Last week, the Association of Arts Management, Marketing & Development Professionals held a webinar where I gave a presentation about the most successful ways to build Equity, Diversity, Inclusion and Accessibility (EDIA) in arts organizations. I am making the webinar available to all readers of Arts & Culture Connections, which you can find here.
I was inspired by the results of a pre-event survey, in which most of the respondents listed EDIA as a top priority for their arts organization. More than 300 people registered and 200 participated in the live broadcast, where I was introduced by Bahia Ramos, Director of Arts at the Wallace Foundation, the lead sponsor of the webinar.
Although EDIA is in its embryonic stages of becoming a cornerstone of arts and cultural organizations, the growing interest is significant. Now is the time for all of us to be bold and brave; to lean into what can sometimes be uncomfortable but necessary conversations in order to ensure the future of the arts.
The key point I stressed during the webinar is that EDIA is a process. The process begins with a declaration by the arts organization or cultural institution that they will uphold the principles of EDIA as a core value. The next step is the allocation of financial support to guarantee its success.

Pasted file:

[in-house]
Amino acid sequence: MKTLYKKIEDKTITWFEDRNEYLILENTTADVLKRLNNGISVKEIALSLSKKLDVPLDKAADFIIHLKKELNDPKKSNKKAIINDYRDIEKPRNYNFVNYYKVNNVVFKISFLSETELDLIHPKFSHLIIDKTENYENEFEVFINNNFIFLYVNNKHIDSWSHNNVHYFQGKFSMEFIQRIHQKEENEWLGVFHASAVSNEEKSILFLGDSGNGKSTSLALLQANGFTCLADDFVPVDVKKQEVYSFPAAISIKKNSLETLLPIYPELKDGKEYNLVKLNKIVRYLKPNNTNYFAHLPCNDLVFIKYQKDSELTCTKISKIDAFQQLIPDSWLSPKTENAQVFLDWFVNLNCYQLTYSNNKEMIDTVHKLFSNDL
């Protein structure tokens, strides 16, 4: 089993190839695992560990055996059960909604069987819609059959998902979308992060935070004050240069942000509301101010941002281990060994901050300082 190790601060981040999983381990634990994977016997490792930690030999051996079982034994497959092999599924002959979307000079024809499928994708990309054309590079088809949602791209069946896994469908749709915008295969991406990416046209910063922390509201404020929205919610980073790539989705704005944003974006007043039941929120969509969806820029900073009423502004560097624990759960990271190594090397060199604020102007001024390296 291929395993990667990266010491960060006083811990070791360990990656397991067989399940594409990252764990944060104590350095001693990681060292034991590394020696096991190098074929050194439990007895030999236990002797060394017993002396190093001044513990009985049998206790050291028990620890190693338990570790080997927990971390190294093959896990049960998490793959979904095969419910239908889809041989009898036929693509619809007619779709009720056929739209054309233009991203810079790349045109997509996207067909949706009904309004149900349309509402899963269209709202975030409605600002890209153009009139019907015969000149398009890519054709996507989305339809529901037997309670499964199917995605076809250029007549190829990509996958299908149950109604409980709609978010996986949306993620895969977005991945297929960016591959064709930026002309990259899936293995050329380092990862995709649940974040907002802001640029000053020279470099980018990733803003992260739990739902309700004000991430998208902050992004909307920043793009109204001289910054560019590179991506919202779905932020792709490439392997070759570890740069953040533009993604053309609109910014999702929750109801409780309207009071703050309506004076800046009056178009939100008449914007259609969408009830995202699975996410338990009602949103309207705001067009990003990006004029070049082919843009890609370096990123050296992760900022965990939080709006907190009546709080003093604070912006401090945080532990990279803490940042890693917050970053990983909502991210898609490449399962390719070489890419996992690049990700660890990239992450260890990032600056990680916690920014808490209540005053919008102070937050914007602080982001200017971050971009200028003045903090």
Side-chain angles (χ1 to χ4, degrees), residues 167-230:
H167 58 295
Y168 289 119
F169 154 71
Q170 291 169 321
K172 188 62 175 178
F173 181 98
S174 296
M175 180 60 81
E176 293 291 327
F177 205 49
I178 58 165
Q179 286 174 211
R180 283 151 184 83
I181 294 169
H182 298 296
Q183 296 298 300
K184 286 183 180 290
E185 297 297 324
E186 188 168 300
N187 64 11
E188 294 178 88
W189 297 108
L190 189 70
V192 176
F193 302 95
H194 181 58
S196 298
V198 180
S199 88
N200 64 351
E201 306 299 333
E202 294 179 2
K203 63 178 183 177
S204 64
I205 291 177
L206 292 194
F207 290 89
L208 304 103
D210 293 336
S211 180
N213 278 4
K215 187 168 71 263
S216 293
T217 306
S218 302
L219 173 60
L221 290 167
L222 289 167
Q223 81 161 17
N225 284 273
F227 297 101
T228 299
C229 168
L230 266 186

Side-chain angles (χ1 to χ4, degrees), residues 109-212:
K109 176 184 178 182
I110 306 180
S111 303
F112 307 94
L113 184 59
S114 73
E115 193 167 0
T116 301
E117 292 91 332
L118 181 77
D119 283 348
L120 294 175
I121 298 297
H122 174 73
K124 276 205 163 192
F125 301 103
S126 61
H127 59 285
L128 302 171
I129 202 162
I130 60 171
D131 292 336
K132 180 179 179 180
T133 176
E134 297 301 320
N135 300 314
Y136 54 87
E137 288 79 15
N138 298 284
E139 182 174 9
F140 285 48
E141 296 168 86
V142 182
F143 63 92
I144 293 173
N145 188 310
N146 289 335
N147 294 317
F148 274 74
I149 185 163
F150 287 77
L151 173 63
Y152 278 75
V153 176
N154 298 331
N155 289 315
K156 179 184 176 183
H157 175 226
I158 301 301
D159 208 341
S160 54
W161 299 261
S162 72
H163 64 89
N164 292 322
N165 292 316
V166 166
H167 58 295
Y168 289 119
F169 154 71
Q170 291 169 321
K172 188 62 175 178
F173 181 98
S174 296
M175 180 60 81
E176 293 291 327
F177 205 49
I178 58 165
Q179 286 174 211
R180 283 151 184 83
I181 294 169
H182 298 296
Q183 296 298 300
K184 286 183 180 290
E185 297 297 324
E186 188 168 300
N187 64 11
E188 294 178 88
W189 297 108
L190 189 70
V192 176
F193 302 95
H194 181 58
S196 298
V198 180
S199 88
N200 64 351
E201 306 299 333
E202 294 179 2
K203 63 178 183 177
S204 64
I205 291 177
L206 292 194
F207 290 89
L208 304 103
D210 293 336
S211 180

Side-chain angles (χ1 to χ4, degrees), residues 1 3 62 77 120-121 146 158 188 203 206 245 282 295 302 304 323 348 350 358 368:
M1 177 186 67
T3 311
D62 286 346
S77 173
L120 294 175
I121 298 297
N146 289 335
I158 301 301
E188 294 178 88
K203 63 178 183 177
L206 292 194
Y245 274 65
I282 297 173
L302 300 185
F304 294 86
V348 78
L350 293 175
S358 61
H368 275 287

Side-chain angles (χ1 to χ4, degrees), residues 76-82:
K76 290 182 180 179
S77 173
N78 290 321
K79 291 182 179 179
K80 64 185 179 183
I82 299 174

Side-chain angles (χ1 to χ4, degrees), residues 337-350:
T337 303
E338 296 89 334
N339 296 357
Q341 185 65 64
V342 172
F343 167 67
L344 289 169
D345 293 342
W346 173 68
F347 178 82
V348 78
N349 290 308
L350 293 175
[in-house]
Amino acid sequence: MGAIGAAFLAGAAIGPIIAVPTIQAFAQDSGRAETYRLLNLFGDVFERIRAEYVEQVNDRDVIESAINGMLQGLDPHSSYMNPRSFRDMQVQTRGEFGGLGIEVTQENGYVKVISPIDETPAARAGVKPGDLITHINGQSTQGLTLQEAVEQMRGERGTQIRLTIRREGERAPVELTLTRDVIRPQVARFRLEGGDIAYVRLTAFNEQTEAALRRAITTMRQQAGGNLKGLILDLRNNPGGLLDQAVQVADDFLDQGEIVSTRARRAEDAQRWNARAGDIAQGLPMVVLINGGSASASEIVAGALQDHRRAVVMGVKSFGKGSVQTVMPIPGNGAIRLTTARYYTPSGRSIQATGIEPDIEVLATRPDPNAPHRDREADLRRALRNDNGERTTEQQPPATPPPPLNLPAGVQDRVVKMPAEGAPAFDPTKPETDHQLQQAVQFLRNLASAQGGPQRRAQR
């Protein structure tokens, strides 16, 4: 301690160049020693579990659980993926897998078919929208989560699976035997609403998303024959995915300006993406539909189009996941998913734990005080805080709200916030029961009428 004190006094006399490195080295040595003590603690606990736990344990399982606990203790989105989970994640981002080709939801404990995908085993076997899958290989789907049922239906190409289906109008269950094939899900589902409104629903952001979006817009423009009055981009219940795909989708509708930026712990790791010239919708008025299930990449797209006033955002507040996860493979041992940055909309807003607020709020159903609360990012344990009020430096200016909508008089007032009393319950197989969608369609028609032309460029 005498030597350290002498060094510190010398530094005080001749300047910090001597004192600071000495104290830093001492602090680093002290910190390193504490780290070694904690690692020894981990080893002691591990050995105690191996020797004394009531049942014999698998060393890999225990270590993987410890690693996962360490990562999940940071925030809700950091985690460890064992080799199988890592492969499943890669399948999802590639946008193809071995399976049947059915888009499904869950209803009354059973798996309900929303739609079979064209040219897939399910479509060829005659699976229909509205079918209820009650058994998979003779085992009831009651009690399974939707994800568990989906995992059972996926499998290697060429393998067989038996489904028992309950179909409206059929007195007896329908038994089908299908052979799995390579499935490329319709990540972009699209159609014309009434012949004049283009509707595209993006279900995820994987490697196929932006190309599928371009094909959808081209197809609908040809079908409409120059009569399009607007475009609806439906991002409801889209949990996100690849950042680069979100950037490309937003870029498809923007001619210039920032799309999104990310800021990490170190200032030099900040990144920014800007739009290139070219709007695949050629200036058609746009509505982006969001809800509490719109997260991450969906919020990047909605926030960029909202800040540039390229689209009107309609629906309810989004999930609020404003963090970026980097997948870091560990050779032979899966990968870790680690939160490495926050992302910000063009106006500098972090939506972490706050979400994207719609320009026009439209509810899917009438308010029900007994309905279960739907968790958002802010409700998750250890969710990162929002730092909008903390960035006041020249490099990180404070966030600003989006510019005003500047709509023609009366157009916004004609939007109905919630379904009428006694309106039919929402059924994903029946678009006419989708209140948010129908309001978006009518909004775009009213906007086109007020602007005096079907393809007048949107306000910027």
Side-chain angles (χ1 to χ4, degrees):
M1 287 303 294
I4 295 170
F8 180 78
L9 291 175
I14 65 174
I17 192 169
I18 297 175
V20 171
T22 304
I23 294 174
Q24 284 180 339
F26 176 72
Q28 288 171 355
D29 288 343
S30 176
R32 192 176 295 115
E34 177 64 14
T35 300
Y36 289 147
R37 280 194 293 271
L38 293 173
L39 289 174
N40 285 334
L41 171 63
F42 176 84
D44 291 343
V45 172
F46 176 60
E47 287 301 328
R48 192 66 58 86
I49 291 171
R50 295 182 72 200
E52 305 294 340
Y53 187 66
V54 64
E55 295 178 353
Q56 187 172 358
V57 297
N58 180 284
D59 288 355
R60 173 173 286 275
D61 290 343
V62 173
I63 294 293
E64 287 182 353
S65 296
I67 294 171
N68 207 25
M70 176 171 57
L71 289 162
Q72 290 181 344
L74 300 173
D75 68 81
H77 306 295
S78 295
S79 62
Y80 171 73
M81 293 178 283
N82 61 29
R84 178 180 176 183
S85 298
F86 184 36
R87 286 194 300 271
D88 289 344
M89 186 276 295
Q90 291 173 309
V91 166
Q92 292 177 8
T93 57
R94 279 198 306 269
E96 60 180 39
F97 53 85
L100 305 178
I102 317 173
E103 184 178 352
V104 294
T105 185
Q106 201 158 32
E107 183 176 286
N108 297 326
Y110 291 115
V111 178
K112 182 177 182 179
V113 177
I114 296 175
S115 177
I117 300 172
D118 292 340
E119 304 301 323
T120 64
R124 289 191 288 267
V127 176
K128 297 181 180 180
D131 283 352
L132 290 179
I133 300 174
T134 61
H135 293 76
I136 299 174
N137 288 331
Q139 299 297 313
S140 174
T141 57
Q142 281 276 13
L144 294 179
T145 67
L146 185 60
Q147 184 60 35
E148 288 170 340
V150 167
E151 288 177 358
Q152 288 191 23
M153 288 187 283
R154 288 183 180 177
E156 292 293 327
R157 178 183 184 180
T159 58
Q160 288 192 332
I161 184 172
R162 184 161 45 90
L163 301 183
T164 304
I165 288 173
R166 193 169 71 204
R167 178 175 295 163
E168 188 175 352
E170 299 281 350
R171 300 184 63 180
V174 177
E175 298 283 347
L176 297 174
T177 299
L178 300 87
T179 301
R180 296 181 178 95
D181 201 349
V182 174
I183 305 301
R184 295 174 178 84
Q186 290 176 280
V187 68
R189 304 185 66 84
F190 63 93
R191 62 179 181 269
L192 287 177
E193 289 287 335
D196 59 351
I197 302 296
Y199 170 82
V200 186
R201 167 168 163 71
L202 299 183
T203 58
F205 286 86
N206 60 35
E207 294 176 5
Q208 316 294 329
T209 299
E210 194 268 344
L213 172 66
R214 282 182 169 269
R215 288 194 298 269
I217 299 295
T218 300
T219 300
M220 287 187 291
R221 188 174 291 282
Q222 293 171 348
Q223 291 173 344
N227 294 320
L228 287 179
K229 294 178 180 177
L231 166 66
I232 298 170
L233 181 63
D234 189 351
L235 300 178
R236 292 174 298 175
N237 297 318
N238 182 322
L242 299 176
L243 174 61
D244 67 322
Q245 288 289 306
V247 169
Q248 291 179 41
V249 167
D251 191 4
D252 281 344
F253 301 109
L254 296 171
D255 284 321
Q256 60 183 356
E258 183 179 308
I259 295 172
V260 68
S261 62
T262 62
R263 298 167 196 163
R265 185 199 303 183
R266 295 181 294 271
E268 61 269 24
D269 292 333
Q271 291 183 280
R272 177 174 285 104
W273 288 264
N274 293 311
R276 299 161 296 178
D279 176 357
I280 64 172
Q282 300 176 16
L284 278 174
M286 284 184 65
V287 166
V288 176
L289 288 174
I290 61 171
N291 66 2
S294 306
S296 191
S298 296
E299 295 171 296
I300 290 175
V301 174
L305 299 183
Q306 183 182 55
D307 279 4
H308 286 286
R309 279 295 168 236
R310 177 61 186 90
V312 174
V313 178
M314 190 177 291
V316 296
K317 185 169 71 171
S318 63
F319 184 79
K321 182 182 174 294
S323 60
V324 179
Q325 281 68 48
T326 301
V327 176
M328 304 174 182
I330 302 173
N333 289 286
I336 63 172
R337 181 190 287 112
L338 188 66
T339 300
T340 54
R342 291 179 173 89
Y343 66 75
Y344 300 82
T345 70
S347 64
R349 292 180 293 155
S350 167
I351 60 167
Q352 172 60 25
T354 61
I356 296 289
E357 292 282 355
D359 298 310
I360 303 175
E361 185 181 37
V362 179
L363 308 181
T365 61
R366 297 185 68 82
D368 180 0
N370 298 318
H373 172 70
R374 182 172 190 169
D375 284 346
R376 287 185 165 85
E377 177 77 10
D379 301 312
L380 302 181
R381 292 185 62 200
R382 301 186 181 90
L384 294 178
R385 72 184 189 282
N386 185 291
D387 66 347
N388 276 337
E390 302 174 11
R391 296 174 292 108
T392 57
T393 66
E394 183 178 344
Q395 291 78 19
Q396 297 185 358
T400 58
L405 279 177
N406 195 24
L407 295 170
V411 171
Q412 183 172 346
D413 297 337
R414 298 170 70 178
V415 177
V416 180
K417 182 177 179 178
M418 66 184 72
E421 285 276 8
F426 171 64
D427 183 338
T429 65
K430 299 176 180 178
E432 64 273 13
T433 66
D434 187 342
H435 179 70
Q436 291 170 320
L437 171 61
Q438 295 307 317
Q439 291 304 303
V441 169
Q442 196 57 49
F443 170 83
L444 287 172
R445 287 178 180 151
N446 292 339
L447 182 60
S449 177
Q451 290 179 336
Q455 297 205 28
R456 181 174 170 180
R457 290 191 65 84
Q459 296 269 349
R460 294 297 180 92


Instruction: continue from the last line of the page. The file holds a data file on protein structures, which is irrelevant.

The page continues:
Once those two commitments are made, EDIA becomes an ongoing journey that is core to every facet of the organization’s work. It is completely reliant upon leadership champions, advocacy, a united team (including the board) and a commitment to reflect, to transform and to be accessible. That’s the hard work that is essential for success.
Post-COVID-19 will offer a unique and quintessential opportunity to extend an invitation to diverse communities by offering free or low-cost events as a bridge back to the arts. Peeling away the layers of reluctance and fear will be part of the challenge, which makes this the most opportune time to plan our re-openings with the determination that EDIA values will be a part of the strategy,
As always, I appreciate your feedback and comments below, and I urge you to help foster more discussions about this important issue by sharing the link to the webinar.